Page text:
[State of knowledge: relevance of the prerequisite of the use of an immunosuppressant drug for the coverage of biologic agents (gastroenterology and dermatology)]

Lemieux G, Poisson C
Record ID 32018002379
Original Title: État des connaissances: Pertinence de l’exigence d’un essai préalable avec un immunosuppresseur dans les indications de paiement des médicaments biologiques – gastroentérologie et dermatologie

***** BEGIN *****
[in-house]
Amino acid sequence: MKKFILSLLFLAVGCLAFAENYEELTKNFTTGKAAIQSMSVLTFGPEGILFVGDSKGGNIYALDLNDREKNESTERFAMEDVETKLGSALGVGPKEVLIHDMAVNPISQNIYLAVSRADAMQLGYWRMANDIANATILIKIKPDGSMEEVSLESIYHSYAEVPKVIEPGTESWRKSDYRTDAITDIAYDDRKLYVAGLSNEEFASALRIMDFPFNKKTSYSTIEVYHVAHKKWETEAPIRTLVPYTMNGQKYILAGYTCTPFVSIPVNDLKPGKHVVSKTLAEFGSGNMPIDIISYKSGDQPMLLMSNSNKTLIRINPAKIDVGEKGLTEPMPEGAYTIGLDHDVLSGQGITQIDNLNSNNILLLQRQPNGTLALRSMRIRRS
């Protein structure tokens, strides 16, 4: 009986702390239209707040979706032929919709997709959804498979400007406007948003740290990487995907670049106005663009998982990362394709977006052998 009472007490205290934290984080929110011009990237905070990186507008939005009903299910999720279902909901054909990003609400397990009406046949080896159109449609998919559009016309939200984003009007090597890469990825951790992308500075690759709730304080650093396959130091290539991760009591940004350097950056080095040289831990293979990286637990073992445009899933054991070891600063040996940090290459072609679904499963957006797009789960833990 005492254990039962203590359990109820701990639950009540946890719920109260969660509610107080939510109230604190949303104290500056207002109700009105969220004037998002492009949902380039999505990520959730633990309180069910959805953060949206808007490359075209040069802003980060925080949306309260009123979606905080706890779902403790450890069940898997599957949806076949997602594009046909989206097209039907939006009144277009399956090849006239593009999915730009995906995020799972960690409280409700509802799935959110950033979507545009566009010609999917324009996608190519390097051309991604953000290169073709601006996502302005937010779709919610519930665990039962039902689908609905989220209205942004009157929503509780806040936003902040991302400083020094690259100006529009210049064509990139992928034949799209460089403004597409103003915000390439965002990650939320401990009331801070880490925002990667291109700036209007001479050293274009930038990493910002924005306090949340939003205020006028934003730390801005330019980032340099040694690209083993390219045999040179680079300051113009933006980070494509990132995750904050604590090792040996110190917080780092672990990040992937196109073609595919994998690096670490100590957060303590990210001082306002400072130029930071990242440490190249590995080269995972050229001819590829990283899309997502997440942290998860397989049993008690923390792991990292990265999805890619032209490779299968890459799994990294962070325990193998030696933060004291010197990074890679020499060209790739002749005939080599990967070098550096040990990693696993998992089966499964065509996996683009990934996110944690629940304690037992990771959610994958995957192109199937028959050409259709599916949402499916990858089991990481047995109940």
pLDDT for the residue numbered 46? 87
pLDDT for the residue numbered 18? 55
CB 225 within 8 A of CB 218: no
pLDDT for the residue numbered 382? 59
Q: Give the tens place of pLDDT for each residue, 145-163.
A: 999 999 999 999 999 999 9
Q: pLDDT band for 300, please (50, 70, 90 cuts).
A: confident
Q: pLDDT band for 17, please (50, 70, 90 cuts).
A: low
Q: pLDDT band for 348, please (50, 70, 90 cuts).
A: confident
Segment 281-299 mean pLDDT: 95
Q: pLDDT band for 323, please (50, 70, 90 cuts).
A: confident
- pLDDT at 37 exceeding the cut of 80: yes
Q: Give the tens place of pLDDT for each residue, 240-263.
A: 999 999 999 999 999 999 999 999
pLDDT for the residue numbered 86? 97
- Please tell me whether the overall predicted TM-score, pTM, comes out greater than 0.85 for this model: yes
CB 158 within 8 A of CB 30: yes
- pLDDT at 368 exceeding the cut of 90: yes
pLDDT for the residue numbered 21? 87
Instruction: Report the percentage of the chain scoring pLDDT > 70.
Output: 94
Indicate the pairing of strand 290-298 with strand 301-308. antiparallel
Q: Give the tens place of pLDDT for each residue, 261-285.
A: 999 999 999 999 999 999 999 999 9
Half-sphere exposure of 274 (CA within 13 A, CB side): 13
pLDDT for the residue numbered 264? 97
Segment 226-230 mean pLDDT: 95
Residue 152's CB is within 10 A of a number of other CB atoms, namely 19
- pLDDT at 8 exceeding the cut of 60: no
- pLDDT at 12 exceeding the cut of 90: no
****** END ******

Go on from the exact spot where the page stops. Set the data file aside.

Authors' objectives: Over the past few years, biologic agents have been included in the therapeutic arsenal for treating chronic inflammatory diseases. To ensure responsible use of these costly drugs, their payment is currently only authorized following the use of conventional treatments (notably immunosuppressants), except in the presence of intolerances or contraindications. However, medical associations in gastroenterology and dermatology report a disconnect between coverage information for biologic agents and best clinical practices. At present, when biologic agents must be used without any prior trials of immunosuppressants, patients can, under certain conditions, receive assistance from biologic drug manufacturers for access through a patient support program. In the treatment of inflammatory bowel diseases, the early use of biologic agents through such support programs appears to be an established and widespread practice for several years. With the coming into force of section 80.2 of the Act respecting prescription drug insurance in April 2021, which prohibits the payment or reimbursement of a medication or supply covered by the Public Prescription Drug Insurance Plan, medical associations shared their concerns regarding access to biologic agents without any prior trials of immunosuppressants with the Ministère de la Santé et des Services sociaux (department of health issues and social services) (MSSS). It bears noting that biologic agents, whether they are reference products or biosimilars, are included in the exceptions provided for under the regulation. To assess the relevance of the prerequisite of the use of an immunosuppressant for the coverage of biologic agents, the MSSS asked the Institut national d’excellence en santé et en services sociaux (INESSS) to draw on the existing knowledge regarding the role of immunosuppressants and biologic agents in gastroenterology and dermatology.